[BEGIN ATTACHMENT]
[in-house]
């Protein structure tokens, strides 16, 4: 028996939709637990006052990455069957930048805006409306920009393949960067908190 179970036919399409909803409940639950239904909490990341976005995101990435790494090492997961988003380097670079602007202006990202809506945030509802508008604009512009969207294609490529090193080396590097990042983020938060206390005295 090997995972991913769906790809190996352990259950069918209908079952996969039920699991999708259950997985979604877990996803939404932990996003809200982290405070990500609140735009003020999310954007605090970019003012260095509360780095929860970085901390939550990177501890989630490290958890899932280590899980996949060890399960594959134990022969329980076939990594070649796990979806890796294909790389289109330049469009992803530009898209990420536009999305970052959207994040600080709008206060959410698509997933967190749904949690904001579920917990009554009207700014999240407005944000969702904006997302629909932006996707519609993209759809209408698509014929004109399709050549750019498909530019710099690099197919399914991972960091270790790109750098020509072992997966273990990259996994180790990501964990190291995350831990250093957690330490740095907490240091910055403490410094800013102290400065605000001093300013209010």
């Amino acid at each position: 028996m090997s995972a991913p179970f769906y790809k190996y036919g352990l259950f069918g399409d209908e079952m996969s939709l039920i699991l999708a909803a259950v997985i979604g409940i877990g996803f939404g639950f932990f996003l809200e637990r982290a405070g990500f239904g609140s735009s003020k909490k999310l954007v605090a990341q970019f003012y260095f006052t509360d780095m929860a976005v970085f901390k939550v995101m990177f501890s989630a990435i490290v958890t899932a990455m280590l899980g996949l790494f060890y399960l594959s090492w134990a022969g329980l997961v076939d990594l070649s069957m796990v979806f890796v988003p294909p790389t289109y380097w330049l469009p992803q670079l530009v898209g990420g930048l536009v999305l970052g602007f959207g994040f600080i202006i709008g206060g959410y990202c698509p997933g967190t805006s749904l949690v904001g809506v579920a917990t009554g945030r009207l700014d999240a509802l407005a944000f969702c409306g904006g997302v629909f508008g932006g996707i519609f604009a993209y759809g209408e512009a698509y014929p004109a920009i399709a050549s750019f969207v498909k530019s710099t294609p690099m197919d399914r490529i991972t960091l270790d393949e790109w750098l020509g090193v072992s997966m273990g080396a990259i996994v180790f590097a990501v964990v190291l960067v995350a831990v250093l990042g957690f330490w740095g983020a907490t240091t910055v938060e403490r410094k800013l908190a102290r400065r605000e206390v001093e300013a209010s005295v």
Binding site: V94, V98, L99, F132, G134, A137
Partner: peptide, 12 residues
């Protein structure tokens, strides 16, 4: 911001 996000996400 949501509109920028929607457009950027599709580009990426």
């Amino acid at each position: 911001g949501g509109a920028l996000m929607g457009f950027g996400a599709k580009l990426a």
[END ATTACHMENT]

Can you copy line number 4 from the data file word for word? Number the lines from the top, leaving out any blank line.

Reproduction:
Binding site: V94, V98, L99, F132, G134, A137